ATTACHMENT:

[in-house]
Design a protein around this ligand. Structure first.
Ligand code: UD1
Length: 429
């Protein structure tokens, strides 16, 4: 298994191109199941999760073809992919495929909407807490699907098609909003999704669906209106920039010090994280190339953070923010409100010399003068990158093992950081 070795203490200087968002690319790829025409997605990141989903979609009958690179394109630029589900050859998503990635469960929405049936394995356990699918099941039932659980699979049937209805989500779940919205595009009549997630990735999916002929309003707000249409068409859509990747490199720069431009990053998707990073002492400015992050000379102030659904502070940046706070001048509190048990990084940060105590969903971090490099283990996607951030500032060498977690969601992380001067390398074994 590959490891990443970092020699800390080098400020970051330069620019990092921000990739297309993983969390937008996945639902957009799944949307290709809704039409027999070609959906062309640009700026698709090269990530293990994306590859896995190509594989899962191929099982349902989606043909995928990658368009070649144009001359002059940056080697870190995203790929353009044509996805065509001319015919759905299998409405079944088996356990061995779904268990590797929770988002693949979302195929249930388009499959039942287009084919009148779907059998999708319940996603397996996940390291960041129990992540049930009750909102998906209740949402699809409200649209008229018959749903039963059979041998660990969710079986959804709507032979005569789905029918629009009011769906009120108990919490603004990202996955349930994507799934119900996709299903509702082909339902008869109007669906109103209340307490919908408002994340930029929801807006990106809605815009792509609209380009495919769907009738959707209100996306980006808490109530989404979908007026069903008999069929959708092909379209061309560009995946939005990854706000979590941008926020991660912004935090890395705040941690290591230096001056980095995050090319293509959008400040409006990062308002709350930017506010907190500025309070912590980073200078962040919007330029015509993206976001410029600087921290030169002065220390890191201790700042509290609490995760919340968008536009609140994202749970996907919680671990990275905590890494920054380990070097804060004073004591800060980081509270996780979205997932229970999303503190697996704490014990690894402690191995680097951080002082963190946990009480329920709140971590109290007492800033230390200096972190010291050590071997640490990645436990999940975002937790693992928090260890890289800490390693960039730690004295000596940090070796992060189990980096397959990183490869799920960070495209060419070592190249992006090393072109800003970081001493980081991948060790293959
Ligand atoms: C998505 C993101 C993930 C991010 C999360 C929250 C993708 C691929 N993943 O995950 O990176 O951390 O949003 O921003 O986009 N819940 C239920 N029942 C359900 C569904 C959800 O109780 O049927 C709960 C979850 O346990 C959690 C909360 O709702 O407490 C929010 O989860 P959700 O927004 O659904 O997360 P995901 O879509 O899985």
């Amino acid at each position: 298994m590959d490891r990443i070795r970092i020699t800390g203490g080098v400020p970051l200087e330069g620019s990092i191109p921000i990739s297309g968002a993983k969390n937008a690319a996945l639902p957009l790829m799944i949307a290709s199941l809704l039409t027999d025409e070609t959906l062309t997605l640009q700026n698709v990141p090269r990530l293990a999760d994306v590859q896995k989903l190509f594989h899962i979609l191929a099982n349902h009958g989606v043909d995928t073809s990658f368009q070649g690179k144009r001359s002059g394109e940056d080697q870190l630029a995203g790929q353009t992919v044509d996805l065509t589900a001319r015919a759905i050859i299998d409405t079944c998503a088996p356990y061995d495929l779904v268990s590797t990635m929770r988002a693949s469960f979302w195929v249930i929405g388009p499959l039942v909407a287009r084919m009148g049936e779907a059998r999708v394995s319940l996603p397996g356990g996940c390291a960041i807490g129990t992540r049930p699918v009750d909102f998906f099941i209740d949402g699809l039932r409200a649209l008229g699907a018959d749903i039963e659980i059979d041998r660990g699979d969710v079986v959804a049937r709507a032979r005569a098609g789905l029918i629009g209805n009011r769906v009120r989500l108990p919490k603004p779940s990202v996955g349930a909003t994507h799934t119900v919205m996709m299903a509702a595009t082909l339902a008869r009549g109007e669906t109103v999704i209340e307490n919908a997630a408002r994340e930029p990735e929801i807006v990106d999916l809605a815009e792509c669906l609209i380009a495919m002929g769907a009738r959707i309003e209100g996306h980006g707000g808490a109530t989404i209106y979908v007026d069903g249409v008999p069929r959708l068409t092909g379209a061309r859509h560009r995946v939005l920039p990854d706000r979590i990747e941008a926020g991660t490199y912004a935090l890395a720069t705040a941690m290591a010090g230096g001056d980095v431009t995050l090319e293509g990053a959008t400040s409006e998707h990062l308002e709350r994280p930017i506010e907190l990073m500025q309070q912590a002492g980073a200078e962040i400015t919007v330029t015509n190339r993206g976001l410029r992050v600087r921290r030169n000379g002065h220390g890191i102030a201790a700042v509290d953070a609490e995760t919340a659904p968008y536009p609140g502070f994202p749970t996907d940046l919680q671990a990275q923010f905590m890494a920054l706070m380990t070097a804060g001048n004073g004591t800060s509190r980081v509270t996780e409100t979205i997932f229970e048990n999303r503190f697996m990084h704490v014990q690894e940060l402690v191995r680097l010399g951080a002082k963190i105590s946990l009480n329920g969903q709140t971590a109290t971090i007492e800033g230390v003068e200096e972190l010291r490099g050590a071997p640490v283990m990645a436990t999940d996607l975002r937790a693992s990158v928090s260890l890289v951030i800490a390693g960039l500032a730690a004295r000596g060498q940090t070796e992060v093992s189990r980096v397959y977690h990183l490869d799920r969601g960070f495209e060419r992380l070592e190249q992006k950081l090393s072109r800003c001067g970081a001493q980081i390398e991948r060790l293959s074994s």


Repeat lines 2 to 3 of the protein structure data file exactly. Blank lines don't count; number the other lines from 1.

Design a protein around this ligand. Structure first.
Ligand code: UD1